Try using the trigger ‘happens daily at’ rather than the condition. ‘is before’ is ambiguous. If you want it turning on at a random time between 24-36 minutes before sunset, you will need to use an expression for your offset and generate a random number.
Thanks for the comments. New to webCore. Here is another followup question. Same topic just more specific. Let’s say sunrise is at 0800 and I want to turn on a light turned on randomly from 0642 to 0700 (which i think is sunrise -49 +/- 9 minutes). Would someone look at my screen shot and tell me what is wrong with my logic expression.
To output a random integer between 5 and 20 use (5 + random(15))
but there’s an undocumented method that also works and is simpler
(Note that this does not work with negative numbers — i.e., random(-5,-20). Not sure why, it just doesn’t.)
Anyway, I’m a little unclear on your precise intent, insofar as your description of what you’re trying to accomplish doesn’t appear to match the numbers or the formula you posted. So I’m just going to provide a couple of examples of the way you might use this.
If Sunrise is at 8:00 AM and you want the light to turn on randomly between 6:42 and 7:00 AM, then the expression -random(60,78) would work as an offset. You will get an offset between -60 and -78 minutes.
If Sunrise is at 8:00 AM and you want the piston to trigger between 6:51 and 7:09. Then you could simply set your offset as -random(51,69) You will get an offset between -51 and -69 minutes.
Again, it’s possible I misread your post, so feel free to clarify if necessary.
FWIW, I’ve never been sure whether the wiki needed to updated, or whether this capability was purposely omitted from the wiki for some reason (like it not working with negative numbers).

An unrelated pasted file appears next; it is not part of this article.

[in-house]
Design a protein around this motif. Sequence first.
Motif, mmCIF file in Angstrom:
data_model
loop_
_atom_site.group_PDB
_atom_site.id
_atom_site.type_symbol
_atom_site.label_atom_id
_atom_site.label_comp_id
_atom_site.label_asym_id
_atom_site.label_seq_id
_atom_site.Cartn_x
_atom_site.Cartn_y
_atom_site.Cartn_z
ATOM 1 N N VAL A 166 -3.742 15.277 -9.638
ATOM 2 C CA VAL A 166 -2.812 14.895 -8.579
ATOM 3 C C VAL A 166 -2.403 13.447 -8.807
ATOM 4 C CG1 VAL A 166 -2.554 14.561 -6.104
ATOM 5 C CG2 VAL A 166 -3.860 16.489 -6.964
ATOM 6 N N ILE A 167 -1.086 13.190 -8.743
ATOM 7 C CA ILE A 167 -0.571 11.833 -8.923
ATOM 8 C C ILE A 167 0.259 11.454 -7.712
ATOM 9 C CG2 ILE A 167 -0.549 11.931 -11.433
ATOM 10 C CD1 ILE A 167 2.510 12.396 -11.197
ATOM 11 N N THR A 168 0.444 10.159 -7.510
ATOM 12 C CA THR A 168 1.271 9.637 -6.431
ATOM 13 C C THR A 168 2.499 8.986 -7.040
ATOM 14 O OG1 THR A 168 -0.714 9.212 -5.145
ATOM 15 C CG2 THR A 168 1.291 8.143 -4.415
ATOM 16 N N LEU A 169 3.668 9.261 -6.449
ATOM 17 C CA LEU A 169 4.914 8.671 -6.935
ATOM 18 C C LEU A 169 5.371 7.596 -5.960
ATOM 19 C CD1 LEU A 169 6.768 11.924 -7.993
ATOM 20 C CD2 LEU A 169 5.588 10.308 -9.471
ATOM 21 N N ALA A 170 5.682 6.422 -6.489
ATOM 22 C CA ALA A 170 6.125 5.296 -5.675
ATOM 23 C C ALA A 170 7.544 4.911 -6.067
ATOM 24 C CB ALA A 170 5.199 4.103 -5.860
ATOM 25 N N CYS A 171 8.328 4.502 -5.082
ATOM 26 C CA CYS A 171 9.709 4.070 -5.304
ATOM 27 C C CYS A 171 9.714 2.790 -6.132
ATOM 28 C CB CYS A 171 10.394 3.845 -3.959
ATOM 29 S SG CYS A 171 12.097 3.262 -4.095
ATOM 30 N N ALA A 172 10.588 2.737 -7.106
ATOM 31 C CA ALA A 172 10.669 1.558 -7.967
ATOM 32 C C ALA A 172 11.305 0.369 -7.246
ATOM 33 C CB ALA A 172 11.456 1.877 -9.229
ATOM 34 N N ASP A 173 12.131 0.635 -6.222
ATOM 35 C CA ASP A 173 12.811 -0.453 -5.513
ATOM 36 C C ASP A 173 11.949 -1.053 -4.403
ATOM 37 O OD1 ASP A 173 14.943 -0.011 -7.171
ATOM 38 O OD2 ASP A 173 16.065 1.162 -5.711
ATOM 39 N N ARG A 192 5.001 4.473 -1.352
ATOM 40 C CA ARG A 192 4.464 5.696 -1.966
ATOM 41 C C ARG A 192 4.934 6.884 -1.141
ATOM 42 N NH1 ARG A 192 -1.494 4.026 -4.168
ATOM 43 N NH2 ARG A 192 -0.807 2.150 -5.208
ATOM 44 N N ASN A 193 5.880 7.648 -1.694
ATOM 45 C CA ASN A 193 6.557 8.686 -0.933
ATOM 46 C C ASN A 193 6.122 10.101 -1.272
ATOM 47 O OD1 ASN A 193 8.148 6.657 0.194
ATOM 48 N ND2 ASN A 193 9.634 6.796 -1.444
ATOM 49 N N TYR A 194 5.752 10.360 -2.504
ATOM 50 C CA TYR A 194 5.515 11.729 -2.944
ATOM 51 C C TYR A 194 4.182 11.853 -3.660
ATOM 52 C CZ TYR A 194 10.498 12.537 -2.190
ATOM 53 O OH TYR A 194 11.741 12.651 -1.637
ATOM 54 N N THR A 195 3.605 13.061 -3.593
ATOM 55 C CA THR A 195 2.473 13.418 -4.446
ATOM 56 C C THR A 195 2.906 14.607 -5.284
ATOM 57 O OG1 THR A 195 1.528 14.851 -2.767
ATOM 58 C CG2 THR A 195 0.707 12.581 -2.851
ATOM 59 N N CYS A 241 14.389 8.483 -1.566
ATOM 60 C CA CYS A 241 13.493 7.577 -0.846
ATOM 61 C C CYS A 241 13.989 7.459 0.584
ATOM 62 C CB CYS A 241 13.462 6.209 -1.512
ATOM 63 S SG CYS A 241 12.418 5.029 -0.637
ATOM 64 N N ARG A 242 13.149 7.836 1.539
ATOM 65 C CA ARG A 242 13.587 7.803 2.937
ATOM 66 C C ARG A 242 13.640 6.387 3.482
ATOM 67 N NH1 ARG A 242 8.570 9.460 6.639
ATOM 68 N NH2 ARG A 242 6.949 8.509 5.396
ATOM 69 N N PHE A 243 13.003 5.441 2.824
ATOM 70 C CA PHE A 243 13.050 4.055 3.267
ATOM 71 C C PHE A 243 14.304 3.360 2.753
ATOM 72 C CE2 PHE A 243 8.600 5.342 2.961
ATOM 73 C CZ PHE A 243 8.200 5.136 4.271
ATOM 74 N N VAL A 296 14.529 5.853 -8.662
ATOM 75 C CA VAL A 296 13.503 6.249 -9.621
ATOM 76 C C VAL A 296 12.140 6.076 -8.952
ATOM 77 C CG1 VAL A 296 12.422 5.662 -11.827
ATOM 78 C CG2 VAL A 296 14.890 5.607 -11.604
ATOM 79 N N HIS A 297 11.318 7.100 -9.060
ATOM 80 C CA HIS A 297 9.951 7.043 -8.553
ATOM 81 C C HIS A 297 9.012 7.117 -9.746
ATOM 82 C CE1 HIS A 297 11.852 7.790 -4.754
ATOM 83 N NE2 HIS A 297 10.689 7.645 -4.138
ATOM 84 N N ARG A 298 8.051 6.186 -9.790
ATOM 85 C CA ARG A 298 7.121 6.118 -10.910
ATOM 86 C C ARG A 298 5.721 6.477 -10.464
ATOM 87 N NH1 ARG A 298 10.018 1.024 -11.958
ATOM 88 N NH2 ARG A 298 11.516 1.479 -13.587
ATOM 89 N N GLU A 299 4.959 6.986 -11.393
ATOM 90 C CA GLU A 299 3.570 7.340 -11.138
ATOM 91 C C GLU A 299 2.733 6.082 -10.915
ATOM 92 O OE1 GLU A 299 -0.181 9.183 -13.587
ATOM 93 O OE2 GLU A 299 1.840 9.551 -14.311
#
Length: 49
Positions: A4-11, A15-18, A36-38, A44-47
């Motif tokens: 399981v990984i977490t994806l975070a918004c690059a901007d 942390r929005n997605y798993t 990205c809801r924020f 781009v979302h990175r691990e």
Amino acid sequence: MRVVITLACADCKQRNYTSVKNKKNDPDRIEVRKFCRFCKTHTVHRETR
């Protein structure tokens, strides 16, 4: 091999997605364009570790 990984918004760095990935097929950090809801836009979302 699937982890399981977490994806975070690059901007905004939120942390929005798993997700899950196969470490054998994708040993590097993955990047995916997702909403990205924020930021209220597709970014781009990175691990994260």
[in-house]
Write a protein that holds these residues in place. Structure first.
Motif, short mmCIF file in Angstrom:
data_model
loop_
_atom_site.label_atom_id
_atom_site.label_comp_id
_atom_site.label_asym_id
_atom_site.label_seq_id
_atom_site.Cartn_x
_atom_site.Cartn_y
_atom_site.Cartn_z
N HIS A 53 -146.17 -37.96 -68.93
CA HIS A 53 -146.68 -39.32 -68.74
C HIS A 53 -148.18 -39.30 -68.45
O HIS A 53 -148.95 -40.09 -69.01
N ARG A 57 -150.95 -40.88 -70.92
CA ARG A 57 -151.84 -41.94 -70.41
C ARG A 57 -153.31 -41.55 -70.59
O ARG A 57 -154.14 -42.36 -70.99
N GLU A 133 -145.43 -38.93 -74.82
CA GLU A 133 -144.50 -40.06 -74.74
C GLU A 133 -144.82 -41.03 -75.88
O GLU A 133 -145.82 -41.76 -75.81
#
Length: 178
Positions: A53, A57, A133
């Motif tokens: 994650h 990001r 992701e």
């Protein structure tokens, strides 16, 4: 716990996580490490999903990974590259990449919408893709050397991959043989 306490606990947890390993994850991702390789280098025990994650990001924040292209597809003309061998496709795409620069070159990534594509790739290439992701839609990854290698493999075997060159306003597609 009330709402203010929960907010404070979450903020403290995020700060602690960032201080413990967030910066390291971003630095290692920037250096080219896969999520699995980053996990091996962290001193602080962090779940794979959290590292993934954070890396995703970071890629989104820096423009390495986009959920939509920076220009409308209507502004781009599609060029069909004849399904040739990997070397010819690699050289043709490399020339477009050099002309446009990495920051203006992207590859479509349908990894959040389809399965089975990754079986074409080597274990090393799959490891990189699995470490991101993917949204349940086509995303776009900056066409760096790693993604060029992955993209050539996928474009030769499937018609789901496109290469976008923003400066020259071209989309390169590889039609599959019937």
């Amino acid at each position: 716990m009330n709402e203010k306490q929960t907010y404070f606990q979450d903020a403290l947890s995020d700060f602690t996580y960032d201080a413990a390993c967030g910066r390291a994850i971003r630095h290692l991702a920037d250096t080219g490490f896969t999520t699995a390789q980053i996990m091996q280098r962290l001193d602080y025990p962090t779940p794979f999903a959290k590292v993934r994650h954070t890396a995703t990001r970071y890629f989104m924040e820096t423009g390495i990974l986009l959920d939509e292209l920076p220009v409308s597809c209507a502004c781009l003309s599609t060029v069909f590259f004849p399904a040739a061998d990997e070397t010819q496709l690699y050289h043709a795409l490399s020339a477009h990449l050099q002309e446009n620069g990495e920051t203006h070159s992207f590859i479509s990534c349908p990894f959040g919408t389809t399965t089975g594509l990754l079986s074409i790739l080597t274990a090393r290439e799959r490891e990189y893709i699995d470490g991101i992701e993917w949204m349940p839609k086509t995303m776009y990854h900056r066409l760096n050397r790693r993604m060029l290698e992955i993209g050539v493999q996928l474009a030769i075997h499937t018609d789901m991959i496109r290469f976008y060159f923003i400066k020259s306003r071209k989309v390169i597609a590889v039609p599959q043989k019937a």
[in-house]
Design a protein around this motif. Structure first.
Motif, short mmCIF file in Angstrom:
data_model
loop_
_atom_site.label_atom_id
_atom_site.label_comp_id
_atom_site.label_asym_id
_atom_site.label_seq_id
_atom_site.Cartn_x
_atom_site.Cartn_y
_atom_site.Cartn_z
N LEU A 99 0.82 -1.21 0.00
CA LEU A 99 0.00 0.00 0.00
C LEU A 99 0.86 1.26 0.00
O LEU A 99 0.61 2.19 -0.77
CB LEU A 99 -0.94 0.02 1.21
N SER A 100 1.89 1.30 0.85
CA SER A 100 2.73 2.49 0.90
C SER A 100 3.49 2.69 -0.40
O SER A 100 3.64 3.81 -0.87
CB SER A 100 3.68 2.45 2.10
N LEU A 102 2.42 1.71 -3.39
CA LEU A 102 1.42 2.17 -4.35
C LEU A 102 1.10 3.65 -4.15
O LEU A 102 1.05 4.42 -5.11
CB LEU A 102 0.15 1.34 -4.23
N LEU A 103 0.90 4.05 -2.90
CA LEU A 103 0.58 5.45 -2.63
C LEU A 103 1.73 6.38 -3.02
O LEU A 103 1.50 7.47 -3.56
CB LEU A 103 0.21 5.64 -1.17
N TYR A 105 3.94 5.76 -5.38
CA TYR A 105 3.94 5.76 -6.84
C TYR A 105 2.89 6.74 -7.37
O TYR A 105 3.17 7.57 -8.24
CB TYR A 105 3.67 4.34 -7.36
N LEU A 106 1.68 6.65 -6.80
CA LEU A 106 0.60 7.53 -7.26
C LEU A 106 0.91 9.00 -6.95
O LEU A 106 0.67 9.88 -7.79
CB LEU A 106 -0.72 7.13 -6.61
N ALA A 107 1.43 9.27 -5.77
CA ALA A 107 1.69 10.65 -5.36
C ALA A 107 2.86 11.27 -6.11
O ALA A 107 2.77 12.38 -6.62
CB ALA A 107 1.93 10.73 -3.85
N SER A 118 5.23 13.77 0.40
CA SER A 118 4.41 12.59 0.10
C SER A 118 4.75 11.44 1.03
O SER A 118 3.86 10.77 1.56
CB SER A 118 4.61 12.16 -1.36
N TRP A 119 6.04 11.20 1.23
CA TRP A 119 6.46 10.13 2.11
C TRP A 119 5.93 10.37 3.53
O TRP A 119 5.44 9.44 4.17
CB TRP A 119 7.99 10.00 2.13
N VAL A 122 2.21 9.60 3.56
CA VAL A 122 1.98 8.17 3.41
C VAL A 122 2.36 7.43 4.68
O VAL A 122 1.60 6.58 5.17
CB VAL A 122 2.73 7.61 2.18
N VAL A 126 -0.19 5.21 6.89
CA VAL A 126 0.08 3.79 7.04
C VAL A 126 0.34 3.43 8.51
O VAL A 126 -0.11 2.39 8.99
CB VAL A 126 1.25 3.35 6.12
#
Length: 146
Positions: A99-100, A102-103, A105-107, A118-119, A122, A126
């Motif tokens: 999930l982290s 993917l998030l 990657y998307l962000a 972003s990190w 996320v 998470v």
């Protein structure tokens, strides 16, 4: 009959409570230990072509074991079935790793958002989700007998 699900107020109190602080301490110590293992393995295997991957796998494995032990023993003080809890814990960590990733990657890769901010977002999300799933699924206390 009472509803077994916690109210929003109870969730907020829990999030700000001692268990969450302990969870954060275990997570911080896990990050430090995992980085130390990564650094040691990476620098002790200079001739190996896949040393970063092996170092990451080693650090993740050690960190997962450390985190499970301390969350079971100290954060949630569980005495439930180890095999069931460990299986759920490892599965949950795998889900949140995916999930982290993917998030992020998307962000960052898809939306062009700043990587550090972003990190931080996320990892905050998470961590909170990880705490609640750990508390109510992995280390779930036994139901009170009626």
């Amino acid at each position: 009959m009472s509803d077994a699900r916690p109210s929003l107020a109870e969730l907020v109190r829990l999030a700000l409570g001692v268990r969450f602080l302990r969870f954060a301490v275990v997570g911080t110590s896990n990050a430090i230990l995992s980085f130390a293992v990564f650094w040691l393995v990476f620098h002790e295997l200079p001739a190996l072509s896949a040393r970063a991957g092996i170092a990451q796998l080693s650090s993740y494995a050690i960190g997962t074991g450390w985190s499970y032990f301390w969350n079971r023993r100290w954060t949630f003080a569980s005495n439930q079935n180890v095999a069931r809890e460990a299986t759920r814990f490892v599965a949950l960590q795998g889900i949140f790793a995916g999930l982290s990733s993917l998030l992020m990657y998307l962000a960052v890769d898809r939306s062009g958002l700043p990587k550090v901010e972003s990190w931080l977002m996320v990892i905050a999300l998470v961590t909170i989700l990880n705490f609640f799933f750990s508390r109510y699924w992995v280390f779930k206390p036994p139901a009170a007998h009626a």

The wiki says the expression returns “a randomly selected argument if two or more arguments are provided,” which is a bit of doublespeak and doesn’t really make any sense. But I think it was in part that language, proposing the possible use of two arguments, that made me try this approach way back when.
Maybe @ipaterson knows something about this. I’ve meant to ask, but it was never really all that important.
Very interesting! Given negative numbers rather than returning a negative integer it is returning a - negation operator and a positive integer. The expression evaluator doesn’t know what to do with that and shows undefined and attempting to assign to an integer variable results in 0.
I think the problem here is that the random function is receiving negative integer parameters as expressions rather than values. When called random(-5, -1) it gets two parameters, but they are each represented by parsed expressions – a pairing of the negation operator and the positive integer:
Since those values are not integers it does the thing it normally does when given text parameters – chooses one of the parameters randomly and returns it as-is.
This is probably far too core of an issue to consider fixing, high risk of breaking other stuff. If you ever do need to use negative numbers it should be just fine if you store them to variables first.
Thanks for the insight. Now that you mention it, I remember using variables in place of integers successfully in one of my vacation lighting pistons, but it’s been a while.
Still oddly fascinated by the language in the wiki that states the function returns “a randomly selected argument if two or more arguments are provided.” My first thought was that It sounds like something that happens when I’m explaining something to one of the kids.
Yep the docs seem outdated, currently that statement only applies to two non-integer non-decimal arguments (e.g. random('a', 'b') chooses either a or b) or three or more arguments of any type (e.g. random(1, 2, 4) returns either 1, 2, or 4). Seems the docs predate the decimal/integer range random(1, 10)
There’s no reason to use variables instead as long as your the numbers you put in the random function are positive. The discussion was mostly academic and had less to do with your particular circumstances and more to do with why the function wasn’t working in certain circumstances. Perhaps you would have been better served had we moved that discussion to a separate topic.
However, as you create larger and more complex pistons, using variables can make it much easier to modify your piston’s operating parameters, particularly if those parameters are used multiple times in different parts of the piston.